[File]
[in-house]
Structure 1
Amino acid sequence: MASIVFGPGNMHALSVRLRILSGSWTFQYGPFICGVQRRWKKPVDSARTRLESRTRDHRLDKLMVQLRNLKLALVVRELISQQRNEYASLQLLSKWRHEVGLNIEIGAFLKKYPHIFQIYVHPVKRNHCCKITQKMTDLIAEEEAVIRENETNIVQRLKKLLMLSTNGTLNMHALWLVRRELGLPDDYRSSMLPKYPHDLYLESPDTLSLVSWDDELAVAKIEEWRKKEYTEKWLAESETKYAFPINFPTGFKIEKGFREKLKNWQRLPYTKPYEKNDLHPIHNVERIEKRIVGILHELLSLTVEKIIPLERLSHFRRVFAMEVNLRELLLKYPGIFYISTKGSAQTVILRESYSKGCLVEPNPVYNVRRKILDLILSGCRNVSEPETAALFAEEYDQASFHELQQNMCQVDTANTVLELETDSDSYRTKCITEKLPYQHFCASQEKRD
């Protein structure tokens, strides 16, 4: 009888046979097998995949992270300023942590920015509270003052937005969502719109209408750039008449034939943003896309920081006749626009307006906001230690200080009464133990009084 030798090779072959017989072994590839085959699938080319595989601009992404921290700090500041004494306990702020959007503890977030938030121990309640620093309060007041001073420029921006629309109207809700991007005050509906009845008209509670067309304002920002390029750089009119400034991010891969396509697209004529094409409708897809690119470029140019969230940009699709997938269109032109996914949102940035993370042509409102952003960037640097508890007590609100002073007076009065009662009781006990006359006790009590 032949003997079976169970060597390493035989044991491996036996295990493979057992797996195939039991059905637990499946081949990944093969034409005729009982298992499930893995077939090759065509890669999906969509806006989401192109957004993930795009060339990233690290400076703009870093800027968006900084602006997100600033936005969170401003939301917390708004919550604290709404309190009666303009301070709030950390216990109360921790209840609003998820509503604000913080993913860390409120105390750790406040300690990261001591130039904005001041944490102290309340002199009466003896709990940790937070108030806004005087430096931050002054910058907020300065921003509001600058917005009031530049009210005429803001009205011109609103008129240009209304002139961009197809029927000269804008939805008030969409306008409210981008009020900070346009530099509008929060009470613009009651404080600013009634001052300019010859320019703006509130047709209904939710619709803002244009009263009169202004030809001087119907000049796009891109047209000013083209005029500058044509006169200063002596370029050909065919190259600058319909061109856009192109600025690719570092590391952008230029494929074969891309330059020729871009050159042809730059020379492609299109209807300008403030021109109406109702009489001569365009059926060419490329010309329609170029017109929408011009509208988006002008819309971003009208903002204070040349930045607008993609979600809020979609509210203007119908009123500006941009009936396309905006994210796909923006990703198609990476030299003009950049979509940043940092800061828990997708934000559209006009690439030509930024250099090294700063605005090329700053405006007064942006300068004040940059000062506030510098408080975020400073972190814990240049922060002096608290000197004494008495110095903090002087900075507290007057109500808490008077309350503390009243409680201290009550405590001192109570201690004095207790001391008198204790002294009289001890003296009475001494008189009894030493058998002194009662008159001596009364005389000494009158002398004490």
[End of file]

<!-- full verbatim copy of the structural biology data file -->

[in-house]
Structure 1
Amino acid sequence: MASIVFGPGNMHALSVRLRILSGSWTFQYGPFICGVQRRWKKPVDSARTRLESRTRDHRLDKLMVQLRNLKLALVVRELISQQRNEYASLQLLSKWRHEVGLNIEIGAFLKKYPHIFQIYVHPVKRNHCCKITQKMTDLIAEEEAVIRENETNIVQRLKKLLMLSTNGTLNMHALWLVRRELGLPDDYRSSMLPKYPHDLYLESPDTLSLVSWDDELAVAKIEEWRKKEYTEKWLAESETKYAFPINFPTGFKIEKGFREKLKNWQRLPYTKPYEKNDLHPIHNVERIEKRIVGILHELLSLTVEKIIPLERLSHFRRVFAMEVNLRELLLKYPGIFYISTKGSAQTVILRESYSKGCLVEPNPVYNVRRKILDLILSGCRNVSEPETAALFAEEYDQASFHELQQNMCQVDTANTVLELETDSDSYRTKCITEKLPYQHFCASQEKRD
């Protein structure tokens, strides 16, 4: 009888046979097998995949992270300023942590920015509270003052937005969502719109209408750039008449034939943003896309920081006749626009307006906001230690200080009464133990009084 030798090779072959017989072994590839085959699938080319595989601009992404921290700090500041004494306990702020959007503890977030938030121990309640620093309060007041001073420029921006629309109207809700991007005050509906009845008209509670067309304002920002390029750089009119400034991010891969396509697209004529094409409708897809690119470029140019969230940009699709997938269109032109996914949102940035993370042509409102952003960037640097508890007590609100002073007076009065009662009781006990006359006790009590 032949003997079976169970060597390493035989044991491996036996295990493979057992797996195939039991059905637990499946081949990944093969034409005729009982298992499930893995077939090759065509890669999906969509806006989401192109957004993930795009060339990233690290400076703009870093800027968006900084602006997100600033936005969170401003939301917390708004919550604290709404309190009666303009301070709030950390216990109360921790209840609003998820509503604000913080993913860390409120105390750790406040300690990261001591130039904005001041944490102290309340002199009466003896709990940790937070108030806004005087430096931050002054910058907020300065921003509001600058917005009031530049009210005429803001009205011109609103008129240009209304002139961009197809029927000269804008939805008030969409306008409210981008009020900070346009530099509008929060009470613009009651404080600013009634001052300019010859320019703006509130047709209904939710619709803002244009009263009169202004030809001087119907000049796009891109047209000013083209005029500058044509006169200063002596370029050909065919190259600058319909061109856009192109600025690719570092590391952008230029494929074969891309330059020729871009050159042809730059020379492609299109209807300008403030021109109406109702009489001569365009059926060419490329010309329609170029017109929408011009509208988006002008819309971003009208903002204070040349930045607008993609979600809020979609509210203007119908009123500006941009009936396309905006994210796909923006990703198609990476030299003009950049979509940043940092800061828990997708934000559209006009690439030509930024250099090294700063605005090329700053405006007064942006300068004040940059000062506030510098408080975020400073972190814990240049922060002096608290000197004494008495110095903090002087900075507290007057109500808490008077309350503390009243409680201290009550405590001192109570201690004095207790001391008198204790002294009289001890003296009475001494008189009894030493058998002194009662008159001596009364005389000494009158002398004490």